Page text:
Graham Holland LEAVER

Poppy

LEAVER, Graham Holland

Service Number: 2557
Enlisted: 2 August 1915, Keswick, South Australia
Last Rank: Lieutenant
Last Unit: 10th Infantry Battalion
Born: Walkerville, South Australia, 5 September 1896
Home Town: Kensington Park, Burnside, South Australia
Schooling: St Peters College
Occupation: Student
Died: Killed In Action, Belgium, 20 September 1917, aged 21 years
Cemetery: Hooge Crater Cemetery
Memorials: Burnside District Fallen Soldiers' Memorial - Rose Park, Adelaide National War Memorial, Adelaide University of Adelaide WW1 Honour Roll, Burnside & District - Fallen Soldiers Memorial Trees - Rose Park, Hackney St Peter's College Fallen Honour Board
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World War 1 Service

2 Aug 1915: Enlisted AIF WW1, Private, SN 2557, 27th Infantry Battalion, Keswick, South Australia
27 Oct 1915: Embarked AIF WW1, Sergeant, SN 2557, 27th Infantry Battalion, --- :embarkation_roll: roll_number: '15' embarkation_place: Adelaide embarkation_ship: HMAT Benalla embarkation_ship_number: A24 public_note: ''
27 Feb 1916: Transferred AIF WW1, Private, 10th Infantry Battalion, At Serapeum - to make up losses sustained at Gallipoli
30 Jul 1916: Involvement AIF WW1, Private, SN 2557, 10th Infantry Battalion, Battle for Pozières
30 Jul 1917: Involvement AIF WW1, Lieutenant, SN 2557, 10th Infantry Battalion, Third Ypres
20 Sep 1917: Involvement AIF WW1, Lieutenant, 10th Infantry Battalion, Menin Road

AUFC & AUCC - Anzac Day 2015

Extract from the Adelaide University Football Club and Adelaide University Cricket Club document honouring "The Fallen" Anzac Day 2015.

Graham played for AUFC in 1915 and for AUCC for the 1914/1915 season. He was an Applied Science Student.

Graham enlisted on 2nd August 1915 as a member of the 6th reinforcements of the 27th Battalion and was transferred to the 10th Battalion on 28th February 1916. After attending the Officers Cadet Battalion he was finally commissioned and joined the 10th Battalion in France in February 1917. On 20th September 1917 during the Battle of Polygon Wood, the 10th Battalion’s advance was held up by a strong post holding 50 Germans and 3 machine guns. Graham was sent forward to aid members of the 11th Battalion in clearing this post but was killed. After the post was captured there were 40 dead enemy found in and around the post. Graham was buried in Hooge Crater Cemetery.

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Biography

From the book Fallen Saints 

Graham Holland Leaver of Kensington Park was born at Walkerville South Australia in September 1896. While at the School, he proved to be a fine student, an active member of the senior cadets for three years and a good sportsman who represented the School in inter-collegiate games.

These few lines, which appeared in an Adelaide newspaper on 13 October 1917, tell more about his sporting prowess. 

Letters received recently mentioned that at the Australian sports held in France he was successful in the 120 and 220 yards Sheffield championships, in addition to the quick-firing competition. [i]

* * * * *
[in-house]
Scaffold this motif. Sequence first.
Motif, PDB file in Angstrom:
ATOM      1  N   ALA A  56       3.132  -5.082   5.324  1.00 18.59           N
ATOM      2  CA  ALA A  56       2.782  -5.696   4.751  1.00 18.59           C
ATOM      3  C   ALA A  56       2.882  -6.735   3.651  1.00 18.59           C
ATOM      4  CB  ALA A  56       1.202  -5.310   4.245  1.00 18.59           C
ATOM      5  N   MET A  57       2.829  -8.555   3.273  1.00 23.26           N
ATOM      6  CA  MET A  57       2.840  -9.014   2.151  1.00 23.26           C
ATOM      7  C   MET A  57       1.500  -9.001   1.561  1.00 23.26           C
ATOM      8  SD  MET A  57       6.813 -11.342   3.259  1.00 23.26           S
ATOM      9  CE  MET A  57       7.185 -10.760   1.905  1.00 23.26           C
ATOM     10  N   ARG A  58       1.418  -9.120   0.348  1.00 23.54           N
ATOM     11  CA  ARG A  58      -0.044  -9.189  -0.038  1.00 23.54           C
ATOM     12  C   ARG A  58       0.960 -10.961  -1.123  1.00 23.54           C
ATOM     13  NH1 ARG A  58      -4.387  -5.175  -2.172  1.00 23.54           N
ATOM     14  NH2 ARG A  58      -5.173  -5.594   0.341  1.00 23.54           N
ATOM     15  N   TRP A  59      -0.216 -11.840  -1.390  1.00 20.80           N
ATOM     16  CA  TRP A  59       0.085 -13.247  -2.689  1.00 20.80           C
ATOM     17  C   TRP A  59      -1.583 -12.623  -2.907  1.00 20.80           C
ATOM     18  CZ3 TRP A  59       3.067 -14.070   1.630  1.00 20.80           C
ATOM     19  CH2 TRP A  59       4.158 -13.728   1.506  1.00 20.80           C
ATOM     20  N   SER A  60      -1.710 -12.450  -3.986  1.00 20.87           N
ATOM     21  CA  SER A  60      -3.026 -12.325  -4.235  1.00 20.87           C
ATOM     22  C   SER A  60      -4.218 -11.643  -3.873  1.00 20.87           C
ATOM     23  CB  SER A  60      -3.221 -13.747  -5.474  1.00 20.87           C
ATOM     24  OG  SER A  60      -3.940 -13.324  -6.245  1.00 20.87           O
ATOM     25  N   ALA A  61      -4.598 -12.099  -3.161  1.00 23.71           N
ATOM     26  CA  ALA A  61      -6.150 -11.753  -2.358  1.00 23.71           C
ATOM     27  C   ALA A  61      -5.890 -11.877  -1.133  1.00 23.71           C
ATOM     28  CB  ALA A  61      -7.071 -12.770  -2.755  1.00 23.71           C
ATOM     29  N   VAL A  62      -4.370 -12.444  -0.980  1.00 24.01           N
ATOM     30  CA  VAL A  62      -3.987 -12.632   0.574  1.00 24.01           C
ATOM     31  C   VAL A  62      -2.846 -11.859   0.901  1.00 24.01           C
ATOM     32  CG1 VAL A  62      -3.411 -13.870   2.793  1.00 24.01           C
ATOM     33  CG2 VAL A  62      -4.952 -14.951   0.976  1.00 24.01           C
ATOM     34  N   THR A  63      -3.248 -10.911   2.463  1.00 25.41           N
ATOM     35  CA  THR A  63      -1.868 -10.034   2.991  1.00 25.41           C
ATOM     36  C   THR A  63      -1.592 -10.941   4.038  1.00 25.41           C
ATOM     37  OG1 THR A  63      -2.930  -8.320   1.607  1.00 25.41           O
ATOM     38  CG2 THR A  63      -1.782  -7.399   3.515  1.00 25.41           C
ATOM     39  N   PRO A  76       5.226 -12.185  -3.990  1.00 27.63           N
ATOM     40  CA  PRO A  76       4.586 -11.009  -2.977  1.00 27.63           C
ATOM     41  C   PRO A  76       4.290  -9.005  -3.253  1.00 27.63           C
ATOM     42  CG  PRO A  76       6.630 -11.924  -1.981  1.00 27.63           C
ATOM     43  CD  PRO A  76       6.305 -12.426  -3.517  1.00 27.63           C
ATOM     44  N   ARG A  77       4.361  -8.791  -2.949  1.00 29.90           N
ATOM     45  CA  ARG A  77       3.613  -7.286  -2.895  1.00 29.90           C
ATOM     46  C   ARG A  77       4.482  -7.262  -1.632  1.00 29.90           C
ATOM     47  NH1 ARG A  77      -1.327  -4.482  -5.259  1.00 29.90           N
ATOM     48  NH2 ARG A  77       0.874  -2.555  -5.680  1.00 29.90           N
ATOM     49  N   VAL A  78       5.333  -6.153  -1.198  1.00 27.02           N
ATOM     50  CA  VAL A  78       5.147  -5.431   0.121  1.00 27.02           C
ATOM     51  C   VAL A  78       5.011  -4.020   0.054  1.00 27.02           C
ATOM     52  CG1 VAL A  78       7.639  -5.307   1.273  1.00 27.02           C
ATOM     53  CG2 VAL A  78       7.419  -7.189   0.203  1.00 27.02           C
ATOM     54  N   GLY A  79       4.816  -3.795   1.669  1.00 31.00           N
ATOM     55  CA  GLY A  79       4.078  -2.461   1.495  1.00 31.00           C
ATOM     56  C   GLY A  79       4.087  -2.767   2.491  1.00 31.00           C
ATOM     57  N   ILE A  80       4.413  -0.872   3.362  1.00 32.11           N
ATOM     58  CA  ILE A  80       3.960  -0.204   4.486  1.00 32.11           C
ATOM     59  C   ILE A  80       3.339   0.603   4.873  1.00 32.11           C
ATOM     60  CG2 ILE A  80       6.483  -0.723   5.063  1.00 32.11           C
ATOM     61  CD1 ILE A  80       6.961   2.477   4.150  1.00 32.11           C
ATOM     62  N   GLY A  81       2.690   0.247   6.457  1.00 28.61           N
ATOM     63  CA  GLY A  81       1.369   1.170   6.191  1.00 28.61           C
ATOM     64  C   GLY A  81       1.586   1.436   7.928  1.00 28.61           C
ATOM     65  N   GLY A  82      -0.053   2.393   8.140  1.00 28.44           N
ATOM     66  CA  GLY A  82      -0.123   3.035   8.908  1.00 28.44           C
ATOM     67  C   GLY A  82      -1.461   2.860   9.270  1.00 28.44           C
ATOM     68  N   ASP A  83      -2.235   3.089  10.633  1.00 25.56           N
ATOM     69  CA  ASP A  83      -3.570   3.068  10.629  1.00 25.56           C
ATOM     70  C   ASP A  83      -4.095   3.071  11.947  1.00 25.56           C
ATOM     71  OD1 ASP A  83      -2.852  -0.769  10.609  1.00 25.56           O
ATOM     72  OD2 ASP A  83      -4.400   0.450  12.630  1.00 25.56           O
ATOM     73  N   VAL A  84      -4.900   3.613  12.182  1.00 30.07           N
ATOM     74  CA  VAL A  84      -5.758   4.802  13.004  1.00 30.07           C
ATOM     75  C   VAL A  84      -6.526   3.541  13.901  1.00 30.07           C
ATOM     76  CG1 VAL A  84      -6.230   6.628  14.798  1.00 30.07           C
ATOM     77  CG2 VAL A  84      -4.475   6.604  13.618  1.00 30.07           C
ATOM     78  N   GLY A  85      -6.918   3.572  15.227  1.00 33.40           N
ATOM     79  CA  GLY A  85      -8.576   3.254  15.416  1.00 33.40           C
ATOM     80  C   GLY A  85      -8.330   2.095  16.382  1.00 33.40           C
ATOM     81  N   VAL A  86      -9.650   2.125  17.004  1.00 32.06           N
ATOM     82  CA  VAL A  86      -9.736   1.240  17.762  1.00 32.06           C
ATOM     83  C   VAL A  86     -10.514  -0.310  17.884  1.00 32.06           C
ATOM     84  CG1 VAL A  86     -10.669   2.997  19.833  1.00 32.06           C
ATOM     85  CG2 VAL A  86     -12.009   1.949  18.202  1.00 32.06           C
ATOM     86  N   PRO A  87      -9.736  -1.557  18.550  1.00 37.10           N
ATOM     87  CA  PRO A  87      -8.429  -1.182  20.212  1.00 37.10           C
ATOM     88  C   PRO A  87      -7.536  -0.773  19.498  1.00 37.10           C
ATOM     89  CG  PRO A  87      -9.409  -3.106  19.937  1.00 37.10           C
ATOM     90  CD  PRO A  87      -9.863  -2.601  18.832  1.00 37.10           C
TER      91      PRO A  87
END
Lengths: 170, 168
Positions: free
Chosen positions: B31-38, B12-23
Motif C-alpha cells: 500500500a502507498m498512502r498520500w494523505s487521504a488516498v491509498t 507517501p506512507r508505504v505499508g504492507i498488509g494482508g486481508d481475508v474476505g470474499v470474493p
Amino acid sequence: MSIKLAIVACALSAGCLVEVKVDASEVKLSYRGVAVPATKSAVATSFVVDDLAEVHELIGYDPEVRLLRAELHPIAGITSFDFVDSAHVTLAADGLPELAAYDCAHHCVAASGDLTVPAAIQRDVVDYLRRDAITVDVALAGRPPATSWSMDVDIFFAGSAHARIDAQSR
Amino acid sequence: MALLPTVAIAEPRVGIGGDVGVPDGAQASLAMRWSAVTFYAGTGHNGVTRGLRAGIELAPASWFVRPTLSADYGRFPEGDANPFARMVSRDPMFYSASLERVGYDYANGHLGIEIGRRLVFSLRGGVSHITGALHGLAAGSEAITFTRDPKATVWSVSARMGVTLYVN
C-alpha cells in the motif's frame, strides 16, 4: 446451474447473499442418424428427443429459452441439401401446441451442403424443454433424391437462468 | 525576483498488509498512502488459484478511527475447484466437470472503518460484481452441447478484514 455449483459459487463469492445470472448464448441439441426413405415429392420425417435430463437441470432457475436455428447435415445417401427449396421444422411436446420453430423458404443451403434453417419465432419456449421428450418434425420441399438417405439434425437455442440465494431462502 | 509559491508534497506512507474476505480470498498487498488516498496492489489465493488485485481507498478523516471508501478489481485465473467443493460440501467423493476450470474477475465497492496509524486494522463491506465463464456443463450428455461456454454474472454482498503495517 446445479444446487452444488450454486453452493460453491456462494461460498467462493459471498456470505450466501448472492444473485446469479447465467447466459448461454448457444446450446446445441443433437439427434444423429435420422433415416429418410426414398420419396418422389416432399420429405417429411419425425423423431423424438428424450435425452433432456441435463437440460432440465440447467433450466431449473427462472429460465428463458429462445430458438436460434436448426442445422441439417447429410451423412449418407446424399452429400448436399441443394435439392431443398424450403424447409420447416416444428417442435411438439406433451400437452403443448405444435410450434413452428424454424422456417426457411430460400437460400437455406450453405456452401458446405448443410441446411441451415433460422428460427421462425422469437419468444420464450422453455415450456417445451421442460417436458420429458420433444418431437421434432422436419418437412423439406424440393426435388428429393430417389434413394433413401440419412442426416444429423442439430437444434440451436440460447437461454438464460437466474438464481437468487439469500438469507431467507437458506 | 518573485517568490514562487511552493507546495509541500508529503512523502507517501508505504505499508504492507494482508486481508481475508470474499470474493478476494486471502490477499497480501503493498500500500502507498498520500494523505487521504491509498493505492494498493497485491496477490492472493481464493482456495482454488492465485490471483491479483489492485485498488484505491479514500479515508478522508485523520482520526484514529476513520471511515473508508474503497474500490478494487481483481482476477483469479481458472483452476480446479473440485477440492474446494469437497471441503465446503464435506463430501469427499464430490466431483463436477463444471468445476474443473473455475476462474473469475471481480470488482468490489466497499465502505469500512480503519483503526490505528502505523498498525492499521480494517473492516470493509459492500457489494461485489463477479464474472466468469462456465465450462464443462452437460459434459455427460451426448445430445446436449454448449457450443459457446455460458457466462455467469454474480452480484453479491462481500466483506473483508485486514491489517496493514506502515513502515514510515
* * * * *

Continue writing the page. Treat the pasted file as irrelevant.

After leaving school he studied mine engineering at Adelaide University and when he enlisted at Keswick on 2 August 1915, was a serving member of the 78th Infantry.

While in transit at the Exhibition Camp, Adelaide he was made a provisional corporal and after successfully completing an NCO Course at Mitcham Camp in August, joined the 6th quota of reinforcements for the 27th Battalion as an acting sergeant.

He sailed from Adelaide aboard the HMAT Benalla on 27 October and after reaching Egypt was transferred to the 10th Battalion at Serapeum at the end of February 1916. As was the case for most men with provisional rank, he reverted to his substantive rank on the day he joined the battalion.

Private Leaver proceeded to France with his unit aboard HMT Saxonia on 27 March 1916.

On 16 August, while the 10th Battalion were resting at Vadencourt Wood after Pozières, Private Leaver was sent to the School of Instruction at 1st Division’s Base Depot, Étaples.

In early October 1916, he joined No 4 Officer Cadet Battalion at Oxford, England and after graduating in January was attached to AIF HQ in London as a second lieutenant. Following ten days furlough in London he returned to France where he returned to the10th Battalion. He was promoted to Lieutenant at the beginning of June and later that month he attended 5th Army Sniping School and returned to the battalion on 8 July.

Lieutenant Leaver, was a platoon commander in one of two specially trained Storm Companies formed by the CO, Lieutenant Colonel Wilder-Neligan DSO, DCM, and so when the battalion encountered a pillbox on the morning of 20 September, he ordered Leaver to take his platoon forward and deal with it. With a brave German machine-gunner holding up the advance by raking the front of the 11th Battalion swift action needed to be taken so Lieutenant Leaver quickly got around behind the pillbox and was almost at the machine gun when a German with a revolver shot him in the head; only  a fortnight earlier Lieutenant Leaver celebrated his 21st birthday.

Corporal Hodge of the 11th Battalion rushed forward, shot the man with the revolver, captured the gun, and for his courageous action, later received the Distinguished Conduct Medal.



[i] Adelaide Chronicle, 13 October 1917, p. 40

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